ORA-00972 is related to a simple syntax convention that concerns identifiers within Oracle. While fixing the error is rather simple, the following information about identifiers is important to know in order to understand how to name and use identifiers throughout your code.
Each database object is represented by an identifier. This can either be a quoted identifier or nonquoted identifier. If it is a quoted identifier, it must begin and end with double quotation marks. Whenever you refer to this object anywhere else in the code, you must include it within the double quotation marks to ensure that the code runs correctly. A nonquoted identifier does not require double quotation marks, but is written as is. In either case, the names must be 30 characters or less. The only exceptions to this rule are that the names of databases can only be 8 characters long and the names of database links can only be 128 characters long.
Reserved words in Oracle cannot be used with nonquoted identifiers while quoted identifers can be reserved words. However, the latter is not a good practice and should be avoided. Reserved words have a special meaning in Oracle and therefore should not be utilized in this manner as it may cause confusion for the user and prompt errors when running the code. To ensure that you do not face difficulties with these words, it is best not to use reserved words. There is a list that details all of Oracle’s reserved words for reference.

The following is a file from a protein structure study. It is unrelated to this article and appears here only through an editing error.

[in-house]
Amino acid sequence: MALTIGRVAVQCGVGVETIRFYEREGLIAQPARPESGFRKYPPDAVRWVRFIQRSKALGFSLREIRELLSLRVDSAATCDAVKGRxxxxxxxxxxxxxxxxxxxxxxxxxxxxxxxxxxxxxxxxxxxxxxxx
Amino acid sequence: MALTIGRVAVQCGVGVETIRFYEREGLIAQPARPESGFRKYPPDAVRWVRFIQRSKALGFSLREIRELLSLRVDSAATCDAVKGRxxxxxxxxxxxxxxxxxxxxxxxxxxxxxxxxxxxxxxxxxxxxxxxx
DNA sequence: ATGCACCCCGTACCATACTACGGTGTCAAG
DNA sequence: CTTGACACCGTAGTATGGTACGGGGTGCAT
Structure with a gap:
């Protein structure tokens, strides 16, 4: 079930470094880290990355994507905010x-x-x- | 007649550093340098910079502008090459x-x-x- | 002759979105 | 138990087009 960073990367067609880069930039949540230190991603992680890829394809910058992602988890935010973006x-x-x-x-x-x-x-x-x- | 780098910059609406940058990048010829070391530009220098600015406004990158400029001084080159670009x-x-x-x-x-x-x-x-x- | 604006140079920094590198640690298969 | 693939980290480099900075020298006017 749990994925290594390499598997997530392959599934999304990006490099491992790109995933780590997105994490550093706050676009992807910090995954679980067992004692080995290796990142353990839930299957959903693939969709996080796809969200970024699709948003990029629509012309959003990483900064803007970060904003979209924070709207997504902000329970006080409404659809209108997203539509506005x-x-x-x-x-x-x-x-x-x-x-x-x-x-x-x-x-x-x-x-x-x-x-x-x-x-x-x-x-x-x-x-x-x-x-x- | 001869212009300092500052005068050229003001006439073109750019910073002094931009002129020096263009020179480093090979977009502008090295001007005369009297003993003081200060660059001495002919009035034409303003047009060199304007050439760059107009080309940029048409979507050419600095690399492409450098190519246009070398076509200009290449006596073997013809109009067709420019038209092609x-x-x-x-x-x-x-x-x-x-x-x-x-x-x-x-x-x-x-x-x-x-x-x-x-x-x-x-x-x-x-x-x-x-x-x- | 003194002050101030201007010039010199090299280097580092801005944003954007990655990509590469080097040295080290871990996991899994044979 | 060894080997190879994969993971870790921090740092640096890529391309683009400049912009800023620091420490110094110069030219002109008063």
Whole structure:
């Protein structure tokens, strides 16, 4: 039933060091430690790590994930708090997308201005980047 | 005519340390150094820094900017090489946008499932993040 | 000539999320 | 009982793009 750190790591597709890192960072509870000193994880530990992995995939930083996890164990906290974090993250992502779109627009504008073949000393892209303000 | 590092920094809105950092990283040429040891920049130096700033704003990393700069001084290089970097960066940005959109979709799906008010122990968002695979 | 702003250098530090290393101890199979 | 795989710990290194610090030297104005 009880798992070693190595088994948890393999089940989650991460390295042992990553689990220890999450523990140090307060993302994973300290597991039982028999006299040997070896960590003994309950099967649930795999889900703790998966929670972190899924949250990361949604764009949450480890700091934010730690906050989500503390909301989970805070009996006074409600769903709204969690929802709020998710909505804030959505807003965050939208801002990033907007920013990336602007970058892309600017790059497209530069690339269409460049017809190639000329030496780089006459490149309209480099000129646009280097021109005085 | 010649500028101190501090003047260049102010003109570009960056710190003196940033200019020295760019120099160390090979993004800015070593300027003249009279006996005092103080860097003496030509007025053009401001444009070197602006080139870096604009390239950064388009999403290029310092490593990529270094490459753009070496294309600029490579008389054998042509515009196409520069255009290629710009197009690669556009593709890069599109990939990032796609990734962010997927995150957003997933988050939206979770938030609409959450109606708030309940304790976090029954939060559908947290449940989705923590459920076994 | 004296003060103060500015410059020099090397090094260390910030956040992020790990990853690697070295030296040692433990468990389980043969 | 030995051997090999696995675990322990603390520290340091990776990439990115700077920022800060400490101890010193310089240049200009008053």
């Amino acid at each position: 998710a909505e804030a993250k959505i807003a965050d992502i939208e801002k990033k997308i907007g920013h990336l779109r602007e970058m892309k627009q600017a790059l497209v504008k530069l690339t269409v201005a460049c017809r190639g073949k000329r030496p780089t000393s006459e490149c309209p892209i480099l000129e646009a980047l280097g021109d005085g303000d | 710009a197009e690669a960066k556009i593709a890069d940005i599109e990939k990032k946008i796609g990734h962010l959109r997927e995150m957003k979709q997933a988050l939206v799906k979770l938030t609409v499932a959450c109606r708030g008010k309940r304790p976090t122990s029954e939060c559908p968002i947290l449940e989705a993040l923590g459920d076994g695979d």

When faced with ORA-00972, you will see the following error message:
ORA-00972: identifier is too long
You have tried to reference a table, cluster, view, index, synonym, tablespace, or username with a value that is longer than 30 characters. As previously stated, identifiers must be no longer than 30 characters. Since you did not follow this naming guideline, it prompted ORA-00972.
To resolve the error, simply rename the value to ensure that it is 30 characters or less. This should solve the problem and get rid of the error message.
Fortunately, errors concerning Oracle syntax like ORA-00972 are rather easy to fix. In order to avoid seeing such errors in the future, be sure to become familiar with the rules related to naming schemas in Oracle. While these types of errors may be simple fixes, it is best to avoid them altogether. Knowing and following the syntactical rules of Oracle and reading through official Oracle documentation concerning this topic can reduce the possibility of seeing ORA-00972.
If you continue to have problems with this or any other error, you may want to contact your database administrator or a licensed Oracle consultant to help resolve the issue. Check your consultant’s licensing and experience to be sure that your Oracle needs will be met properly.